Generation, transformation, and scattering of long waves induced by a short-wave group over finite topography

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Abstract

Second-order analytical solutions are constructed for various long waves generated by a gravity wave train propagating over finite variable depth h(x) using a multiphase Wentzel-Kramers-Brillouin (WKB) method. It is found that, along with the well-known long wave, locked to the envelope of the wave train and traveling at the group velocity Cg, a forced long wave and free long waves are induced by the depth variation in this region. The forced long wave depends on the depth derivatives hx and hxx and travels at Cg, whereas the free long waves depend on h, hx, and hxx and travel in the opposite directions at √gh. They interfere with each other and generate free long waves radiating away from this region. The author found that this topographyinduced forced long wave is in quadrature with the short-wave group and that a secondary long-wave orbital velocity is generated by variable water depth, which is in quadrature with its horizontal bottom counterpart. Both these processes play an important role in the energy transfer between the short-wave groups and long waves. These behaviors were not revealed by previous studies on long waves induced by a wave group over finite topography, which calculated the total amplitude of long-wave components numerically without consideration of the phase of the long waves. The analytical solutions here also indicate that the discontinuity of hx and hxx at the topography junctions has a significant effect on the scattered long waves. The controlling factors for the amplitudes of these long waves are identified and the underlying physical processes systematically investigated in this presentation.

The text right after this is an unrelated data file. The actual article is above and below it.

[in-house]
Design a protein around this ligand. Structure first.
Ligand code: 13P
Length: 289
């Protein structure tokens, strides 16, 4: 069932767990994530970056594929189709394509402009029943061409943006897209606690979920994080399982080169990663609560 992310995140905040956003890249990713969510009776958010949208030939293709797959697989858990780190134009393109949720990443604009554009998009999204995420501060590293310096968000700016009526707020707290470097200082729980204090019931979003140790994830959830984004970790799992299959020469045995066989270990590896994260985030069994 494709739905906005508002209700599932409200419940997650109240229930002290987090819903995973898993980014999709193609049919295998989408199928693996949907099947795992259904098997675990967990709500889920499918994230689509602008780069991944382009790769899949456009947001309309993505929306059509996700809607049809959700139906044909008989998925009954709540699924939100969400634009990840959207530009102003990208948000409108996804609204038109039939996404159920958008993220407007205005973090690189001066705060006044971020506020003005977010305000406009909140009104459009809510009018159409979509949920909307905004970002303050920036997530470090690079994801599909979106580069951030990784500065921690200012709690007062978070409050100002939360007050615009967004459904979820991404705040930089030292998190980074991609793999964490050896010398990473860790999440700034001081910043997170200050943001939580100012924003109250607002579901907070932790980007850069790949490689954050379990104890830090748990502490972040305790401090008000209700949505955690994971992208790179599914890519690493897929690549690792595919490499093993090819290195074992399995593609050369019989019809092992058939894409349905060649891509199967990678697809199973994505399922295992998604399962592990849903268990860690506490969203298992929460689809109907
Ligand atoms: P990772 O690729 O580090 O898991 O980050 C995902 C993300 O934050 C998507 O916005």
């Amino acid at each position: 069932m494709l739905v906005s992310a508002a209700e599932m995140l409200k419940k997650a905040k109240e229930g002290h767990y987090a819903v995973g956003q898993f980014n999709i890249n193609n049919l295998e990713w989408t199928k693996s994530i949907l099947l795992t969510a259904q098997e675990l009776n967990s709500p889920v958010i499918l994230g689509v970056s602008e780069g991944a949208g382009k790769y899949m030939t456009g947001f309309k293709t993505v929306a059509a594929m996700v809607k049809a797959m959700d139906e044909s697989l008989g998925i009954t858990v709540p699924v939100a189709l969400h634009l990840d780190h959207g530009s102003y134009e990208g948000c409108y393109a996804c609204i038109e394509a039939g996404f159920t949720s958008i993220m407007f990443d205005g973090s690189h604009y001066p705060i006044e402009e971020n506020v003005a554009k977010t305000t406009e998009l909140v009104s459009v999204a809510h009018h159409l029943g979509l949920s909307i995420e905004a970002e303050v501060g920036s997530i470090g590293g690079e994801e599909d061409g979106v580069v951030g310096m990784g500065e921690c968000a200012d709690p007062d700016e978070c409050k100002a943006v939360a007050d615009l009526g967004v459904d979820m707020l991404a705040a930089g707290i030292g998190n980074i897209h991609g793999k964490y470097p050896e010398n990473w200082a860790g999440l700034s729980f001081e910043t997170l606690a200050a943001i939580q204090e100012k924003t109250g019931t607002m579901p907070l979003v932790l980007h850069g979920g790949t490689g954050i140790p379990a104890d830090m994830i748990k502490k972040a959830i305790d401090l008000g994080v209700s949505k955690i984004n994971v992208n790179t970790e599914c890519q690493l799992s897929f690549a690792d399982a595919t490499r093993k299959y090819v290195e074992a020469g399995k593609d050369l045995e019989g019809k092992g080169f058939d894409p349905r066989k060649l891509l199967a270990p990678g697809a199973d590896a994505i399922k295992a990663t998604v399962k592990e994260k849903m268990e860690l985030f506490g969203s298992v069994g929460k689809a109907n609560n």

Original languageEnglish
Pages (from-to)1842-1859
Number of pages18
JournalJournal of Physical Oceanography
Volume41
Issue number10
DOIs
Publication statusPublished - Oct 2011

Keywords

  • Gravity waves
  • Ocean dynamics
  • Waves, oceanic

ASJC Scopus subject areas

  • Oceanography

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